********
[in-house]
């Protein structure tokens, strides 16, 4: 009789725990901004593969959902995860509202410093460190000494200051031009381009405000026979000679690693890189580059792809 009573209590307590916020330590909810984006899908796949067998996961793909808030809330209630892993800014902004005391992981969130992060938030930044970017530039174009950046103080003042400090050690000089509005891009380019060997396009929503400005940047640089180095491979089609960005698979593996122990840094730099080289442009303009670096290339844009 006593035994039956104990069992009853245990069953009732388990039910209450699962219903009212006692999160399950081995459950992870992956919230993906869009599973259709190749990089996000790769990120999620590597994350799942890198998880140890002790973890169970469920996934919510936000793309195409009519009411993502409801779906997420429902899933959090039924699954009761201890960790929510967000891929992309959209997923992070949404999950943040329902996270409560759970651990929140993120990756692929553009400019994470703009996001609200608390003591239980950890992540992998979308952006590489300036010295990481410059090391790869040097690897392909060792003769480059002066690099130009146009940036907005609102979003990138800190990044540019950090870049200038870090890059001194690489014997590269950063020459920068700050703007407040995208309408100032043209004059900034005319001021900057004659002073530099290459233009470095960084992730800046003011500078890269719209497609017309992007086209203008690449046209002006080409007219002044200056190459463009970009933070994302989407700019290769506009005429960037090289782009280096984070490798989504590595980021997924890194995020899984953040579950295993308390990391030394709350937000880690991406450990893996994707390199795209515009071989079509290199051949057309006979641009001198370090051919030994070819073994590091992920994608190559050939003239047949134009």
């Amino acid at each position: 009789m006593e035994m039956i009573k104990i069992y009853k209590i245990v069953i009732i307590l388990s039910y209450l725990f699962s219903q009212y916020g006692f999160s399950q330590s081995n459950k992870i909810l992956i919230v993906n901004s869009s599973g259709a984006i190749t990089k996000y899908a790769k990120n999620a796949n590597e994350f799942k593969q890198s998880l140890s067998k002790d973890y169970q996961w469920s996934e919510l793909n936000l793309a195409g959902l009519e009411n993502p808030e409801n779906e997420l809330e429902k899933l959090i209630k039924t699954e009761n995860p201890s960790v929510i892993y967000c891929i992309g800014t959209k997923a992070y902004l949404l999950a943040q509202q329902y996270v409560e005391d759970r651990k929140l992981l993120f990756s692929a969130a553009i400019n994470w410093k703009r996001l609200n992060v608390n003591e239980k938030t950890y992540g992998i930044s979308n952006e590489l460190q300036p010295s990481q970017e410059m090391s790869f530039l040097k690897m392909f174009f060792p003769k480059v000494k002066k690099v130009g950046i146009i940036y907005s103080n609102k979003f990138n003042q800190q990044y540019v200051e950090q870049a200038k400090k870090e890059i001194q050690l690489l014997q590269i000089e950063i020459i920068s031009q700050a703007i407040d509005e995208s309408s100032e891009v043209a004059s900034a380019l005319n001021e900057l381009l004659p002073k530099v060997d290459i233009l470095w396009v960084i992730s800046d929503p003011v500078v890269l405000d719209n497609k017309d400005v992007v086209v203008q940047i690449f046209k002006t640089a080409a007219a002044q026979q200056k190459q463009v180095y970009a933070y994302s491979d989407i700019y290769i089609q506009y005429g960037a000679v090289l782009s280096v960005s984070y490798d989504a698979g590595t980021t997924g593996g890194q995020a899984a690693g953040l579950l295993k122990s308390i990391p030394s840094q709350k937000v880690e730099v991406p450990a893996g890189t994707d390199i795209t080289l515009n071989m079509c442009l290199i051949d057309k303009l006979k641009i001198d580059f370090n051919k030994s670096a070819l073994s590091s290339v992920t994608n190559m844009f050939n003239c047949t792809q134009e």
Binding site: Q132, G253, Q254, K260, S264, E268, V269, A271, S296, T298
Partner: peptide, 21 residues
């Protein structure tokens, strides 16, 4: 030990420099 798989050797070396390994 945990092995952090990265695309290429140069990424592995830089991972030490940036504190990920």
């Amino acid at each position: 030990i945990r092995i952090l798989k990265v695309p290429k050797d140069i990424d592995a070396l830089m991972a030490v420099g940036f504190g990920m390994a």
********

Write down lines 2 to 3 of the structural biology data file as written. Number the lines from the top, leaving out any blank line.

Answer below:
């Protein structure tokens, strides 16, 4: 009789725990901004593969959902995860509202410093460190000494200051031009381009405000026979000679690693890189580059792809 009573209590307590916020330590909810984006899908796949067998996961793909808030809330209630892993800014902004005391992981969130992060938030930044970017530039174009950046103080003042400090050690000089509005891009380019060997396009929503400005940047640089180095491979089609960005698979593996122990840094730099080289442009303009670096290339844009 006593035994039956104990069992009853245990069953009732388990039910209450699962219903009212006692999160399950081995459950992870992956919230993906869009599973259709190749990089996000790769990120999620590597994350799942890198998880140890002790973890169970469920996934919510936000793309195409009519009411993502409801779906997420429902899933959090039924699954009761201890960790929510967000891929992309959209997923992070949404999950943040329902996270409560759970651990929140993120990756692929553009400019994470703009996001609200608390003591239980950890992540992998979308952006590489300036010295990481410059090391790869040097690897392909060792003769480059002066690099130009146009940036907005609102979003990138800190990044540019950090870049200038870090890059001194690489014997590269950063020459920068700050703007407040995208309408100032043209004059900034005319001021900057004659002073530099290459233009470095960084992730800046003011500078890269719209497609017309992007086209203008690449046209002006080409007219002044200056190459463009970009933070994302989407700019290769506009005429960037090289782009280096984070490798989504590595980021997924890194995020899984953040579950295993308390990391030394709350937000880690991406450990893996994707390199795209515009071989079509290199051949057309006979641009001198370090051919030994070819073994590091992920994608190559050939003239047949134009």
């Amino acid at each position: 009789m006593e035994m039956i009573k104990i069992y009853k209590i245990v069953i009732i307590l388990s039910y209450l725990f699962s219903q009212y916020g006692f999160s399950q330590s081995n459950k992870i909810l992956i919230v993906n901004s869009s599973g259709a984006i190749t990089k996000y899908a790769k990120n999620a796949n590597e994350f799942k593969q890198s998880l140890s067998k002790d973890y169970q996961w469920s996934e919510l793909n936000l793309a195409g959902l009519e009411n993502p808030e409801n779906e997420l809330e429902k899933l959090i209630k039924t699954e009761n995860p201890s960790v929510i892993y967000c891929i992309g800014t959209k997923a992070y902004l949404l999950a943040q509202q329902y996270v409560e005391d759970r651990k929140l992981l993120f990756s692929a969130a553009i400019n994470w410093k703009r996001l609200n992060v608390n003591e239980k938030t950890y992540g992998i930044s979308n952006e590489l460190q300036p010295s990481q970017e410059m090391s790869f530039l040097k690897m392909f174009f060792p003769k480059v000494k002066k690099v130009g950046i146009i940036y907005s103080n609102k979003f990138n003042q800190q990044y540019v200051e950090q870049a200038k400090k870090e890059i001194q050690l690489l014997q590269i000089e950063i020459i920068s031009q700050a703007i407040d509005e995208s309408s100032e891009v043209a004059s900034a380019l005319n001021e900057l381009l004659p002073k530099v060997d290459i233009l470095w396009v960084i992730s800046d929503p003011v500078v890269l405000d719209n497609k017309d400005v992007v086209v203008q940047i690449f046209k002006t640089a080409a007219a002044q026979q200056k190459q463009v180095y970009a933070y994302s491979d989407i700019y290769i089609q506009y005429g960037a000679v090289l782009s280096v960005s984070y490798d989504a698979g590595t980021t997924g593996g890194q995020a899984a690693g953040l579950l295993k122990s308390i990391p030394s840094q709350k937000v880690e730099v991406p450990a893996g890189t994707d390199i795209t080289l515009n071989m079509c442009l290199i051949d057309k303009l006979k641009i001198d580059f370090n051919k030994s670096a070819l073994s590091s290339v992920t994608n190559m844009f050939n003239c047949t792809q134009e």